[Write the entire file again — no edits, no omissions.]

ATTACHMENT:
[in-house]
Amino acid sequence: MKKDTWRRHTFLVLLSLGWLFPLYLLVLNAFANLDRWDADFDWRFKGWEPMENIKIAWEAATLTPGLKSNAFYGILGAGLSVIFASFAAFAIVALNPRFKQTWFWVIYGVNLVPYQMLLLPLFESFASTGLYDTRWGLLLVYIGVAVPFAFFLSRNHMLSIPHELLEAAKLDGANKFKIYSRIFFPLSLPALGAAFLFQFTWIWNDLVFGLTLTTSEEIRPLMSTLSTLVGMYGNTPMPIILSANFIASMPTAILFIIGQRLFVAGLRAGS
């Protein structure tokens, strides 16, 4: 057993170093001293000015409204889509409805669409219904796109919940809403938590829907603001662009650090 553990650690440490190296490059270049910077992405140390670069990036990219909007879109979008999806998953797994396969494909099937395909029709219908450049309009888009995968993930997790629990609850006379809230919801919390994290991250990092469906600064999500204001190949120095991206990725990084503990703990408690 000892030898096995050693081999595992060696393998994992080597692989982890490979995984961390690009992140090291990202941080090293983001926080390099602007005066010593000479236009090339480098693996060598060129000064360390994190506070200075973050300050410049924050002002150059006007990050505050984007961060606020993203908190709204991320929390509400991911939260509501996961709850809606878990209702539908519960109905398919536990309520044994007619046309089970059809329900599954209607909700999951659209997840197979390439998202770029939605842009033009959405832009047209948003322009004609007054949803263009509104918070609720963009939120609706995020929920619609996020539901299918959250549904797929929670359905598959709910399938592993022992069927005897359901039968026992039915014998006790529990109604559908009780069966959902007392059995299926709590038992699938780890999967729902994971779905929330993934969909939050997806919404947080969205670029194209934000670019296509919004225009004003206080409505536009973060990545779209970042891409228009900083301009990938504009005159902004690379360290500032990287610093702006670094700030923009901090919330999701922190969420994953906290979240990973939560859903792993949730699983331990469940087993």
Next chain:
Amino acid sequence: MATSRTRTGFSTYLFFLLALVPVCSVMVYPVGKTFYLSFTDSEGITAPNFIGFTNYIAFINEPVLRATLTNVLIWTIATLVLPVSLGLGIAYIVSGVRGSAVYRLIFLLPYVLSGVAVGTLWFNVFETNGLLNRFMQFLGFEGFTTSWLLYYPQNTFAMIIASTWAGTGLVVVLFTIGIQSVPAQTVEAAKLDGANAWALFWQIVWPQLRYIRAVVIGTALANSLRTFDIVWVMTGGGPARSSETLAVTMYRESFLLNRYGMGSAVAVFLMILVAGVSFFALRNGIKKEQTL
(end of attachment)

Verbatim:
[in-house]
Amino acid sequence: MKKDTWRRHTFLVLLSLGWLFPLYLLVLNAFANLDRWDADFDWRFKGWEPMENIKIAWEAATLTPGLKSNAFYGILGAGLSVIFASFAAFAIVALNPRFKQTWFWVIYGVNLVPYQMLLLPLFESFASTGLYDTRWGLLLVYIGVAVPFAFFLSRNHMLSIPHELLEAAKLDGANKFKIYSRIFFPLSLPALGAAFLFQFTWIWNDLVFGLTLTTSEEIRPLMSTLSTLVGMYGNTPMPIILSANFIASMPTAILFIIGQRLFVAGLRAGS
């Protein structure tokens, strides 16, 4: 057993170093001293000015409204889509409805669409219904796109919940809403938590829907603001662009650090 553990650690440490190296490059270049910077992405140390670069990036990219909007879109979008999806998953797994396969494909099937395909029709219908450049309009888009995968993930997790629990609850006379809230919801919390994290991250990092469906600064999500204001190949120095991206990725990084503990703990408690 000892030898096995050693081999595992060696393998994992080597692989982890490979995984961390690009992140090291990202941080090293983001926080390099602007005066010593000479236009090339480098693996060598060129000064360390994190506070200075973050300050410049924050002002150059006007990050505050984007961060606020993203908190709204991320929390509400991911939260509501996961709850809606878990209702539908519960109905398919536990309520044994007619046309089970059809329900599954209607909700999951659209997840197979390439998202770029939605842009033009959405832009047209948003322009004609007054949803263009509104918070609720963009939120609706995020929920619609996020539901299918959250549904797929929670359905598959709910399938592993022992069927005897359901039968026992039915014998006790529990109604559908009780069966959902007392059995299926709590038992699938780890999967729902994971779905929330993934969909939050997806919404947080969205670029194209934000670019296509919004225009004003206080409505536009973060990545779209970042891409228009900083301009990938504009005159902004690379360290500032990287610093702006670094700030923009901090919330999701922190969420994953906290979240990973939560859903792993949730699983331990469940087993």
Next chain:
Amino acid sequence: MATSRTRTGFSTYLFFLLALVPVCSVMVYPVGKTFYLSFTDSEGITAPNFIGFTNYIAFINEPVLRATLTNVLIWTIATLVLPVSLGLGIAYIVSGVRGSAVYRLIFLLPYVLSGVAVGTLWFNVFETNGLLNRFMQFLGFEGFTTSWLLYYPQNTFAMIIASTWAGTGLVVVLFTIGIQSVPAQTVEAAKLDGANAWALFWQIVWPQLRYIRAVVIGTALANSLRTFDIVWVMTGGGPARSSETLAVTMYRESFLLNRYGMGSAVAVFLMILVAGVSFFALRNGIKKEQTL